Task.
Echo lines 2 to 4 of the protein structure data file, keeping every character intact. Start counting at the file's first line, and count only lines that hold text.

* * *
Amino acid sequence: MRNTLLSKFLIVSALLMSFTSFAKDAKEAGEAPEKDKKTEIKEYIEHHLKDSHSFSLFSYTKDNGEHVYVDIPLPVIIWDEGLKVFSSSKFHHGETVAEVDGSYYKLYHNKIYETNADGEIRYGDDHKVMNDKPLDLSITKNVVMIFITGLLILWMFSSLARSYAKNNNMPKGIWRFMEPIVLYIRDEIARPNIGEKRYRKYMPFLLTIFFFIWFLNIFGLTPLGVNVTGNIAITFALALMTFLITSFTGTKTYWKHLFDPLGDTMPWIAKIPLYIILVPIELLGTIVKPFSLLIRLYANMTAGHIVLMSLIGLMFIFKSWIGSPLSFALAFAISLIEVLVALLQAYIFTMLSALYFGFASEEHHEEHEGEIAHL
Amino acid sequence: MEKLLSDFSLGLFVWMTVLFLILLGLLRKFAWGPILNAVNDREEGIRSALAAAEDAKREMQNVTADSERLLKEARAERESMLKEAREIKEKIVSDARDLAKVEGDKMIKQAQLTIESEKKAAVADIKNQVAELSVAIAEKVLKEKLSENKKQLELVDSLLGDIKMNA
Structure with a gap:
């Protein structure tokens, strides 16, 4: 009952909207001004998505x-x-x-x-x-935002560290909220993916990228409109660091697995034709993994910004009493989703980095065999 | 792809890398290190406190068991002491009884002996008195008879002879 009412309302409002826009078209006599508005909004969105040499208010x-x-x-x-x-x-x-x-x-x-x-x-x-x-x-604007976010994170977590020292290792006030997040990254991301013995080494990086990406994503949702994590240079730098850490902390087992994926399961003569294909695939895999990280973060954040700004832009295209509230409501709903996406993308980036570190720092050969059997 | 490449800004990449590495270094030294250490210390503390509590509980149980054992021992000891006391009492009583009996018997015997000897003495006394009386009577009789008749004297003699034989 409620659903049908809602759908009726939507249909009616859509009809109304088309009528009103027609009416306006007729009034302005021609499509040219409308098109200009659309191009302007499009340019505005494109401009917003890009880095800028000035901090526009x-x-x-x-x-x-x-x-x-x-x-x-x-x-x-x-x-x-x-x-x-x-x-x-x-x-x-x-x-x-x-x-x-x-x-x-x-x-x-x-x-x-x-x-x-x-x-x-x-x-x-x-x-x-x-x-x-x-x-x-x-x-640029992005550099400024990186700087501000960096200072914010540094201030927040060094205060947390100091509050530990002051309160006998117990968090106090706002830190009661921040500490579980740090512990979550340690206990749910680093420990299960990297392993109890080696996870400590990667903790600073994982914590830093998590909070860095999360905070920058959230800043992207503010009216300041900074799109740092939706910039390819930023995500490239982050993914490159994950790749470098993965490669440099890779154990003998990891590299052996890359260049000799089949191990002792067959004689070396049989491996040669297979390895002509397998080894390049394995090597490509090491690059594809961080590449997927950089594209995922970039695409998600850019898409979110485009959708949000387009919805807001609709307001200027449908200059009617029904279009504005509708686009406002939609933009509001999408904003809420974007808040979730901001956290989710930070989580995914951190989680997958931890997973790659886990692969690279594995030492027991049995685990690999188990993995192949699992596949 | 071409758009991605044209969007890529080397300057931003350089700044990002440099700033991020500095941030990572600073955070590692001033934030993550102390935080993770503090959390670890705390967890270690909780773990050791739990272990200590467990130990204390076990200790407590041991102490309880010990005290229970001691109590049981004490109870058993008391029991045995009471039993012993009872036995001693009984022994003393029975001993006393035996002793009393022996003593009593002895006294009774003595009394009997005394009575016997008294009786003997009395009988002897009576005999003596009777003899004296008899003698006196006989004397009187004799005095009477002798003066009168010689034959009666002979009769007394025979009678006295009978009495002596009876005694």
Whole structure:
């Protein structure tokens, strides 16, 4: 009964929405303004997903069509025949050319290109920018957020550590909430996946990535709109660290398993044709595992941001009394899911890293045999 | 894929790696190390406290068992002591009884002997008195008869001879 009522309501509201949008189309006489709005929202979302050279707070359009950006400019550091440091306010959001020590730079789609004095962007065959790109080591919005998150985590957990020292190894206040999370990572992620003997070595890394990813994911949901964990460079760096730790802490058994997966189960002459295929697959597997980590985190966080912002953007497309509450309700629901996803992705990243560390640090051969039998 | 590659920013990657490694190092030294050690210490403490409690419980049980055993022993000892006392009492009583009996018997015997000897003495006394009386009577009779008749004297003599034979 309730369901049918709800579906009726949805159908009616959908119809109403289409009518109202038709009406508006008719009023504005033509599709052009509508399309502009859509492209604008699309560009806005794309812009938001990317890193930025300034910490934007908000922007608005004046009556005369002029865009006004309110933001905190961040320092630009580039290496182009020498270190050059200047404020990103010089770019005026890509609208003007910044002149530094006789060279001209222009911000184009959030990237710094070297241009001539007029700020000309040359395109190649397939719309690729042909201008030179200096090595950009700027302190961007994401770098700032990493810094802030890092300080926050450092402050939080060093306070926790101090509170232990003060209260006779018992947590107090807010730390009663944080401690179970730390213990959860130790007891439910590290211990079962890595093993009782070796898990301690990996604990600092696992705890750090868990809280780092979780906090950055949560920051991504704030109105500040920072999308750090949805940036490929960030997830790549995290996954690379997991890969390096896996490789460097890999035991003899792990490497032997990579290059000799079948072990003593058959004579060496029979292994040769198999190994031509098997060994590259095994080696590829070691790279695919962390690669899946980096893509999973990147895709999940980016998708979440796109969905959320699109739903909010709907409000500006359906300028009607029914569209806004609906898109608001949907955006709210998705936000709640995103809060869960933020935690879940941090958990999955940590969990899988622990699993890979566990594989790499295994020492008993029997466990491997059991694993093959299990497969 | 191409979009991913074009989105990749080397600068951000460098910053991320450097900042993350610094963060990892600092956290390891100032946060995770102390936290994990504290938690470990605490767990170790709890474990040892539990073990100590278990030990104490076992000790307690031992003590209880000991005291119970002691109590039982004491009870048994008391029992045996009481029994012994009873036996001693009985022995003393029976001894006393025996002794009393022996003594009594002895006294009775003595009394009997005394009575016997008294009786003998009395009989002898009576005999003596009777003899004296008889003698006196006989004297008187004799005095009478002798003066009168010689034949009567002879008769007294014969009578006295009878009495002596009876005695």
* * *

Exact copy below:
Amino acid sequence: MEKLLSDFSLGLFVWMTVLFLILLGLLRKFAWGPILNAVNDREEGIRSALAAAEDAKREMQNVTADSERLLKEARAERESMLKEAREIKEKIVSDARDLAKVEGDKMIKQAQLTIESEKKAAVADIKNQVAELSVAIAEKVLKEKLSENKKQLELVDSLLGDIKMNA
Structure with a gap:
């Protein structure tokens, strides 16, 4: 009952909207001004998505x-x-x-x-x-935002560290909220993916990228409109660091697995034709993994910004009493989703980095065999 | 792809890398290190406190068991002491009884002996008195008879002879 009412309302409002826009078209006599508005909004969105040499208010x-x-x-x-x-x-x-x-x-x-x-x-x-x-x-604007976010994170977590020292290792006030997040990254991301013995080494990086990406994503949702994590240079730098850490902390087992994926399961003569294909695939895999990280973060954040700004832009295209509230409501709903996406993308980036570190720092050969059997 | 490449800004990449590495270094030294250490210390503390509590509980149980054992021992000891006391009492009583009996018997015997000897003495006394009386009577009789008749004297003699034989 409620659903049908809602759908009726939507249909009616859509009809109304088309009528009103027609009416306006007729009034302005021609499509040219409308098109200009659309191009302007499009340019505005494109401009917003890009880095800028000035901090526009x-x-x-x-x-x-x-x-x-x-x-x-x-x-x-x-x-x-x-x-x-x-x-x-x-x-x-x-x-x-x-x-x-x-x-x-x-x-x-x-x-x-x-x-x-x-x-x-x-x-x-x-x-x-x-x-x-x-x-x-x-x-640029992005550099400024990186700087501000960096200072914010540094201030927040060094205060947390100091509050530990002051309160006998117990968090106090706002830190009661921040500490579980740090512990979550340690206990749910680093420990299960990297392993109890080696996870400590990667903790600073994982914590830093998590909070860095999360905070920058959230800043992207503010009216300041900074799109740092939706910039390819930023995500490239982050993914490159994950790749470098993965490669440099890779154990003998990891590299052996890359260049000799089949191990002792067959004689070396049989491996040669297979390895002509397998080894390049394995090597490509090491690059594809961080590449997927950089594209995922970039695409998600850019898409979110485009959708949000387009919805807001609709307001200027449908200059009617029904279009504005509708686009406002939609933009509001999408904003809420974007808040979730901001956290989710930070989580995914951190989680997958931890997973790659886990692969690279594995030492027991049995685990690999188990993995192949699992596949 | 071409758009991605044209969007890529080397300057931003350089700044990002440099700033991020500095941030990572600073955070590692001033934030993550102390935080993770503090959390670890705390967890270690909780773990050791739990272990200590467990130990204390076990200790407590041991102490309880010990005290229970001691109590049981004490109870058993008391029991045995009471039993012993009872036995001693009984022994003393029975001993006393035996002793009393022996003593009593002895006294009774003595009394009997005394009575016997008294009786003997009395009988002897009576005999003596009777003899004296008899003698006196006989004397009187004799005095009477002798003066009168010689034959009666002979009769007394025979009678006295009978009495002596009876005694």